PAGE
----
This is the fourth instalment of a story that I started as a 400 word writing exercise for my Creative Writing a month ago. If you’ve not read Part 1, Part 2 or Part 3, please do so before continuing. And thank you for all your encouraging comments on social media. As a result, I’ve decided to continue this story as a longer piece. If you’ve enjoyed this, tweet or comment and I’ll let you know when the next instalment is complete!
Time stood still for a moment, disturbed only by the church clock striking three.
“You must need to be getting back to work, Marcus, no?” Alice ventured.
“Um, no, I took the afternoon off. I wanted to prioritise our meeting,” I explained. “About Laura,” I paused “how often did you meet up with her? You said you got to know her quite well.”
“Yes. We met up fairly regularly, about once a fortnight I guess. She was so keen to talk and I was happy to accommodate. And she was – is – such a lovely girl,” she quickly corrected herself, looking slightly embarrassed at her faux pas.
“Initially we met at the same bench in the church yard. No arrangement, she would just be there. And then I suggested she come into the house for our next meeting but I insisted it be after school, mind you,” she was careful to add. “Over time her visits became more erratic and I saw less and less of her…,” she trailed off.
“Do you know why?”
“I’ve an idea, but can’t of course be sure,” she replied. “Around March her mood changed quite markedly. She became withdrawn again, like she’d been when we first met.”
I stared down at my cords. I swallowed hard. This was unwelcome, yet not unsurprising news.
Clearing my throat I asked tentatively, “I hope you don’t mind, call me a curious father, but would you be feel able share something of what she talked about? I’m sure you’ve already told the police – which I trust wasn’t too taxing?
“Oh no, not at all. It was quite straight forward really. Although they said they may well want to question me again.”
“Ah. I hope that won’t be necessary,” I reassured her. “But It would help me – and I’m know Parminder will feel the same – if we had an idea of what you discussed, what drew her to confide in you?”
She paused for a while as if checking with herself for permission.
“We talked about a lot of things, but there were clearly things that were getting her down: school pressures, friendship troubles, ‘insta-mates’ she called them – something to do with social media, is that what you call it? And there were other things…..but it wasn’t always heavy going,” she reassured. “Sometimes I sensed she just enjoyed my company. Why an old fuddy duddy like me, I’m not sure, but I think she enjoyed being here and being around someone that bit older,” she ventured.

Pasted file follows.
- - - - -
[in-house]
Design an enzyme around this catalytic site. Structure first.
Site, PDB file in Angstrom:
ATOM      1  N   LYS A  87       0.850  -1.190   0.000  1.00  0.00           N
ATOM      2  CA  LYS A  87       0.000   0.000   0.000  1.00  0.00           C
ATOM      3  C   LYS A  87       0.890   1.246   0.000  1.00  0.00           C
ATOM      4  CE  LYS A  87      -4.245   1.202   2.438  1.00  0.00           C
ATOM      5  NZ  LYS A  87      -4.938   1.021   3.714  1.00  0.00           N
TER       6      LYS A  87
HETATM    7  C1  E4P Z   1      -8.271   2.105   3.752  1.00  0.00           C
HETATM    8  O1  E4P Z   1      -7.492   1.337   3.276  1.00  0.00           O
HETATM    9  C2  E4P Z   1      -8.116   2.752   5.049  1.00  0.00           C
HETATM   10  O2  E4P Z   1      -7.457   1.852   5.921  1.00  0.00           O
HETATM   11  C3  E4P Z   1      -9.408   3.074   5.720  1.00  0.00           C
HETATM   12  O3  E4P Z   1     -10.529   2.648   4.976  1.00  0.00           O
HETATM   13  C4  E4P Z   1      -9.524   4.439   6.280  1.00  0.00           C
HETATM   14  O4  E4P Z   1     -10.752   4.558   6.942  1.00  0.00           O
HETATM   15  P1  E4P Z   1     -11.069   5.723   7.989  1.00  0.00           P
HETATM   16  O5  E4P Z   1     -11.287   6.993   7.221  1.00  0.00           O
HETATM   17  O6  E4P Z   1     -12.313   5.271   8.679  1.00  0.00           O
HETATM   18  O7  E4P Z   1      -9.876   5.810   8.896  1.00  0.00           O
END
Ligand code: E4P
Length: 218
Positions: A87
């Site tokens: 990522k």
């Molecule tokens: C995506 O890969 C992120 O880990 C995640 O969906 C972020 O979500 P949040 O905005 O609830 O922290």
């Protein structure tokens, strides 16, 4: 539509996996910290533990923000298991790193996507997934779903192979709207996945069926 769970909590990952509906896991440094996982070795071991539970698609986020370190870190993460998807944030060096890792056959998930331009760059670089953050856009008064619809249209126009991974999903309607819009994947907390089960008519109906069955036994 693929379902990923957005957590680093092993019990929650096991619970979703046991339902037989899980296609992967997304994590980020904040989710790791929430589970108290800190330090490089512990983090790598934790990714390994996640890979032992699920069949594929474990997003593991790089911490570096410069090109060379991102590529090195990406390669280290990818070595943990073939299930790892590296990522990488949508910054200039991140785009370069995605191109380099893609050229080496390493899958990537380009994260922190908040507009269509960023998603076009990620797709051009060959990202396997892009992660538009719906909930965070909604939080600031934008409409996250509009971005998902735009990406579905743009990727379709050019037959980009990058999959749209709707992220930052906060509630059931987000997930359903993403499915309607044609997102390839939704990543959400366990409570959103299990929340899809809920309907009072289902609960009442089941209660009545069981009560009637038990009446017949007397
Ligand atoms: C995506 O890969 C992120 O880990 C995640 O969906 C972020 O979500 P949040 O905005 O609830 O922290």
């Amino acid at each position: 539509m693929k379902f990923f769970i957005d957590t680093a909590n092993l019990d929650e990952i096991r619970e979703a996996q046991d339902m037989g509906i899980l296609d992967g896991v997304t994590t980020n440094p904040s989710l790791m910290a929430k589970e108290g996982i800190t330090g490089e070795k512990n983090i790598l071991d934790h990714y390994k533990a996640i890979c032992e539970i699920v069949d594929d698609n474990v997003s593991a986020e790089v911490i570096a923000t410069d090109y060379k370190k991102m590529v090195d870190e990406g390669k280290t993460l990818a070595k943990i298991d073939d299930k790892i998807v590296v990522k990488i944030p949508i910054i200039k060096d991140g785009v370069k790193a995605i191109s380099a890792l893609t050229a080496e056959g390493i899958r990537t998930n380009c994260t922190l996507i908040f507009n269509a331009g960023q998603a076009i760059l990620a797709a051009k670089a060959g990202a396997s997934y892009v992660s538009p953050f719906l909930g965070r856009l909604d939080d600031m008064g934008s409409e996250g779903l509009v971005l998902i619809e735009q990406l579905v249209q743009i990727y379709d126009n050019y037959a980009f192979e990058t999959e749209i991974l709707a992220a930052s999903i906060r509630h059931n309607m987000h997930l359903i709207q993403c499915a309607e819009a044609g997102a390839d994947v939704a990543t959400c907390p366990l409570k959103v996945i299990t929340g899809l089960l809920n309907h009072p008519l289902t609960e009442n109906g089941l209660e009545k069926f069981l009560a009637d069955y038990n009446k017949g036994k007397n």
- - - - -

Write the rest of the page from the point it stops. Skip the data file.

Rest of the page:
“I’m not surprised she enjoyed hanging out here or with you, Alice,” I chimed in politely but meaning every bit of it. “It’s a very special place you have here. I was quite entranced myself when I arrived.”
“Isn’t it?!” she said with a gleam in her eye. “There’s not a day I don’t feel blessed to live here. Reggie and I bought this place for what would be considered a song now back in the ’60s and we’ve not looked back since. I’ll admit it’s not the same now he’s gone, but I love it all the same.”
“So that was all, just school pressures and usual teen woes?” I said returning to the subject.
“Yes, well mainly, not entirely, but mostly yes,” she said rather cagely. “But I wouldn’t use the word “just” to describe her problems, Mr Roberts,” she looked me straight in the eye with more than a hint of correction. “She was very weighed down by them. She spoke of feeling lost, useless, and generally no good. She even said she couldn’t see the point in life at one point. I know all teenagers go through that at some stage, but this seemed quite serious.”
I looked down at my shoes. My mouth went dry. My already sunken heart notched down a little further.
“Couldn’t see the point in life?” I murmured to myself shaking my head.
“Please don’t be alarmed, Marcus” Alice grabbed a hold of my wrist, and then withdrew, realising her overfamiliarity. “We don’t know for certain if that is of any significance.”
“Did you tell the police that?” I enquired.
“Yes, yes I did,” she nodded with certainty. “It wasn’t easy explaining all this to the police. The perfunctory manner of their enquiry doesn’t lend itself to explaining things easily, shall we say – unlike talking to you, Marcus.”
“I’m glad of that, Alice, that this isn’t difficult for you.”
Resting my elbows on my knees I hung my head between my legs and stared at the small flower growing between the patio slabs. How is it that something so dainty and so unwanted can find a place to thrive when my daughter who has had the love and support of two adults for 16 years can’t find it in her to thrive?
“I had no idea how much pressure is put on young things these days,” she added, furrowing her brow again and reaching for that dove on her chain. “What is it about schools these days? Why won’t they let them be children?” she said with exasperation.
“That’s the question we’ve been asking ourselves for many a year,” I replied, sitting up. “Don’t get my wife started on the subject!” I threatened with a half smile.
“There was something else that she shared with me, Marcus,” Alice spoke softly and with a slight hesitation.
“Yes?” I replied with a similar measure of hesitation.
“I think you know what I’m about to say, am I right?”
I looked up at her. Her eyes told me that she knew.